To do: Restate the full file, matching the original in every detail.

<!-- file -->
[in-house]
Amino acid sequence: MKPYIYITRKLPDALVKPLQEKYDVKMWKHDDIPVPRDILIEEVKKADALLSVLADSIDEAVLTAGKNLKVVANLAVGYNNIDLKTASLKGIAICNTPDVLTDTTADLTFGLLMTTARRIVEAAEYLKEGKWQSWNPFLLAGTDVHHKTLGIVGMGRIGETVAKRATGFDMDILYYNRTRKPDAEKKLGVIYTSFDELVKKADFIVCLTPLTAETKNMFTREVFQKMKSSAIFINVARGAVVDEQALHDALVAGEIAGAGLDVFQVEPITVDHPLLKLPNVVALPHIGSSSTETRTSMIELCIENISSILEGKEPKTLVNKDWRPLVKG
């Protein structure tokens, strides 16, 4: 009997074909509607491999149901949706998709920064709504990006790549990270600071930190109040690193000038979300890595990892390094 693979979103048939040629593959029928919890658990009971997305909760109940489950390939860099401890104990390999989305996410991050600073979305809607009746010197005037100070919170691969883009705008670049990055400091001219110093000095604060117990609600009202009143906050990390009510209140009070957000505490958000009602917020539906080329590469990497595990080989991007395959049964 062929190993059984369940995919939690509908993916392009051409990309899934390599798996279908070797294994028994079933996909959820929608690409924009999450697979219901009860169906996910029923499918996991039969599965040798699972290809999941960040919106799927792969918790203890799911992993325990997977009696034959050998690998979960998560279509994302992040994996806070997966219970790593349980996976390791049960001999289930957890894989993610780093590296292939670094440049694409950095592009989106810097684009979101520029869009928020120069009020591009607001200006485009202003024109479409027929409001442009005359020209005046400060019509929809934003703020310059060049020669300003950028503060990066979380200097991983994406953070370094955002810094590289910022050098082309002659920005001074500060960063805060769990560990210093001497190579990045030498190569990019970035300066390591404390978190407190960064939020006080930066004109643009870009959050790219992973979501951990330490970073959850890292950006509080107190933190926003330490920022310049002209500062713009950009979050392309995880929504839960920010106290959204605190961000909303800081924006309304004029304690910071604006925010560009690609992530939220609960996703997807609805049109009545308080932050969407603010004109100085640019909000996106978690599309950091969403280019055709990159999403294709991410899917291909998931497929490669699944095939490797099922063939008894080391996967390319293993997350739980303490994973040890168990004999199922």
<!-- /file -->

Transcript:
[in-house]
Amino acid sequence: MKPYIYITRKLPDALVKPLQEKYDVKMWKHDDIPVPRDILIEEVKKADALLSVLADSIDEAVLTAGKNLKVVANLAVGYNNIDLKTASLKGIAICNTPDVLTDTTADLTFGLLMTTARRIVEAAEYLKEGKWQSWNPFLLAGTDVHHKTLGIVGMGRIGETVAKRATGFDMDILYYNRTRKPDAEKKLGVIYTSFDELVKKADFIVCLTPLTAETKNMFTREVFQKMKSSAIFINVARGAVVDEQALHDALVAGEIAGAGLDVFQVEPITVDHPLLKLPNVVALPHIGSSSTETRTSMIELCIENISSILEGKEPKTLVNKDWRPLVKG
């Protein structure tokens, strides 16, 4: 009997074909509607491999149901949706998709920064709504990006790549990270600071930190109040690193000038979300890595990892390094 693979979103048939040629593959029928919890658990009971997305909760109940489950390939860099401890104990390999989305996410991050600073979305809607009746010197005037100070919170691969883009705008670049990055400091001219110093000095604060117990609600009202009143906050990390009510209140009070957000505490958000009602917020539906080329590469990497595990080989991007395959049964 062929190993059984369940995919939690509908993916392009051409990309899934390599798996279908070797294994028994079933996909959820929608690409924009999450697979219901009860169906996910029923499918996991039969599965040798699972290809999941960040919106799927792969918790203890799911992993325990997977009696034959050998690998979960998560279509994302992040994996806070997966219970790593349980996976390791049960001999289930957890894989993610780093590296292939670094440049694409950095592009989106810097684009979101520029869009928020120069009020591009607001200006485009202003024109479409027929409001442009005359020209005046400060019509929809934003703020310059060049020669300003950028503060990066979380200097991983994406953070370094955002810094590289910022050098082309002659920005001074500060960063805060769990560990210093001497190579990045030498190569990019970035300066390591404390978190407190960064939020006080930066004109643009870009959050790219992973979501951990330490970073959850890292950006509080107190933190926003330490920022310049002209500062713009950009979050392309995880929504839960920010106290959204605190961000909303800081924006309304004029304690910071604006925010560009690609992530939220609960996703997807609805049109009545308080932050969407603010004109100085640019909000996106978690599309950091969403280019055709990159999403294709991410899917291909998931497929490669699944095939490797099922063939008894080391996967390319293993997350739980303490994973040890168990004999199922």